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EAW047074 ENGLAND (1952). The aftermath of the Harrow and Wealdstone rail crash, Wealdstone, 1952. This image was marked by Aerofilms Ltd for photo editing.

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EAW047074
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EAW047065
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EAW047067
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EAW047068
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EAW047070
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EAW047066
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EAW047075
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EAW047073
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EAW047081
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EPW053686
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EPW035058
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Details

Title [EAW047074] The aftermath of the Harrow and Wealdstone rail crash, Wealdstone, 1952. This image was marked by Aerofilms Ltd for photo editing.
Reference EAW047074
Date 8-October-1952
Link
Place name WEALDSTONE
Parish
District
Country ENGLAND
Easting / Northing 515414, 189538
Longitude / Latitude -0.33369538348465, 51.592381243554
National Grid Reference TQ154895

Pins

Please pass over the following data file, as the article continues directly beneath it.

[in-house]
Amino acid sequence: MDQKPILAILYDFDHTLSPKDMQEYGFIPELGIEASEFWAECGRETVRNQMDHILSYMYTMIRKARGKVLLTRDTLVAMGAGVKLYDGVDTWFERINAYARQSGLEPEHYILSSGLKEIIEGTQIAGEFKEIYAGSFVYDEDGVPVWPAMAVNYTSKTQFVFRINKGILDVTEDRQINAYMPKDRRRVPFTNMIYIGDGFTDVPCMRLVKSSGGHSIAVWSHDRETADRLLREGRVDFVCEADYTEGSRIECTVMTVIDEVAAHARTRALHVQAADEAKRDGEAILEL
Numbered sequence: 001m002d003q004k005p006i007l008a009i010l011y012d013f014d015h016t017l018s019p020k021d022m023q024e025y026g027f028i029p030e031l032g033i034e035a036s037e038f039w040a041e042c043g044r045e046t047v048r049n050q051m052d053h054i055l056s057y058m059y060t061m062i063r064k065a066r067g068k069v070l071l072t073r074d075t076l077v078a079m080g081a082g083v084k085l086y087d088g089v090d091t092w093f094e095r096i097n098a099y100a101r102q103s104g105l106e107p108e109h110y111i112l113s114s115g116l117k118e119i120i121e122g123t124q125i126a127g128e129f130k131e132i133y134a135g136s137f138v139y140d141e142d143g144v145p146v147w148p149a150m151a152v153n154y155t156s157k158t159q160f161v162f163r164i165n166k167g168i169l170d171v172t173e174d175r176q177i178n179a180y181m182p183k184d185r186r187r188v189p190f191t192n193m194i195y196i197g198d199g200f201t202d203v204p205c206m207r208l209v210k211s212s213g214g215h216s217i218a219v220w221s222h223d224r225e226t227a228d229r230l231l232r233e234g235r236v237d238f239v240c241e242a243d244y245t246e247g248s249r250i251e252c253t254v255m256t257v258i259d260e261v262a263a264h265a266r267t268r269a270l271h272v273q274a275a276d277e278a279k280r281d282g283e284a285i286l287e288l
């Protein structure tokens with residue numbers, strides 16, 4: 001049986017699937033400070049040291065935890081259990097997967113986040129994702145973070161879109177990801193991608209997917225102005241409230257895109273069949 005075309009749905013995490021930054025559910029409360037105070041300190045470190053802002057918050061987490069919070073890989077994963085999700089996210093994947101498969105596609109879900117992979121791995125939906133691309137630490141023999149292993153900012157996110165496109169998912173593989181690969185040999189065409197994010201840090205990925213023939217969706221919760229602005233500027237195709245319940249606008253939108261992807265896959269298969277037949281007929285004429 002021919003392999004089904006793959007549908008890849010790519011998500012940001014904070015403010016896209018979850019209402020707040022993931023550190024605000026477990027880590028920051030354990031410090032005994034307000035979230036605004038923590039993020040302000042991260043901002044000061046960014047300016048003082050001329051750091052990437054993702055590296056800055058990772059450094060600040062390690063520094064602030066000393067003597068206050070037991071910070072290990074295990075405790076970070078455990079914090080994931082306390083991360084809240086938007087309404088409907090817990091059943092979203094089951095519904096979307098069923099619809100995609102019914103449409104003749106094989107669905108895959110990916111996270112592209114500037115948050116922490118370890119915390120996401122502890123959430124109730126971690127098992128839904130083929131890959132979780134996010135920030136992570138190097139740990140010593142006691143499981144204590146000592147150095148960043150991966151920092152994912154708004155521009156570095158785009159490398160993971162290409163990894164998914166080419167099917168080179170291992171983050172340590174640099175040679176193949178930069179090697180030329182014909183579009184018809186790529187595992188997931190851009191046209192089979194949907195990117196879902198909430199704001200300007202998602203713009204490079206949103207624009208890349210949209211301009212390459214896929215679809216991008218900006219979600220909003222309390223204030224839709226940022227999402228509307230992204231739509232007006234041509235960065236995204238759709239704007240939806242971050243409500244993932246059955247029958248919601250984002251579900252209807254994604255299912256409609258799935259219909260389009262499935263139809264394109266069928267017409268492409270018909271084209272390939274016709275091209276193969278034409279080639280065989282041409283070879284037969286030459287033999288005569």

Harrow signal box No. 1

Billy Turner
Saturday 9th of January 2016 05:09:41 PM
1949 Humber Limousine

Billy Turner
Saturday 9th of January 2016 04:57:01 PM
Steam Breakdown Crane

Billy Turner
Saturday 9th of January 2016 04:40:56 PM
Dennis F8 Fire Engine

Billy Turner
Saturday 9th of January 2016 03:10:31 PM
46202 Princess Ann, scrapped after the collision.

Billy Turner
Saturday 9th of January 2016 02:55:39 PM

gBr
Saturday 6th of May 2017 08:44:12 PM

User Comment Contributions

The Harrow and Wealdstone rail crash was a three-train collision at Harrow and Wealdstone station in London during the morning rush hour of 8 October 1952. 112 people were killed and 340 injured (88 of these being detained in hospital); it remains the worst peacetime rail crash in the United Kingdom.[1]

An overnight express train from Perth crashed at speed into the rear of a local passenger train standing at a platform at the station. The wreckage blocked adjacent lines and was struck within seconds by a "double-headed" express train travelling north at 60 mph (97 km/h). A subsequent Ministry of Transport report on the crash found that the driver of the Perth train had passed a caution signal and two danger signals before colliding with the local train. The accident accelerated the introduction of Automatic Warning System – by the time the report had been published British Railways had agreed to a five-year plan to install the system that warned drivers that they had passed an adverse signal.

Billy Turner
Friday 8th of January 2016 09:49:58 PM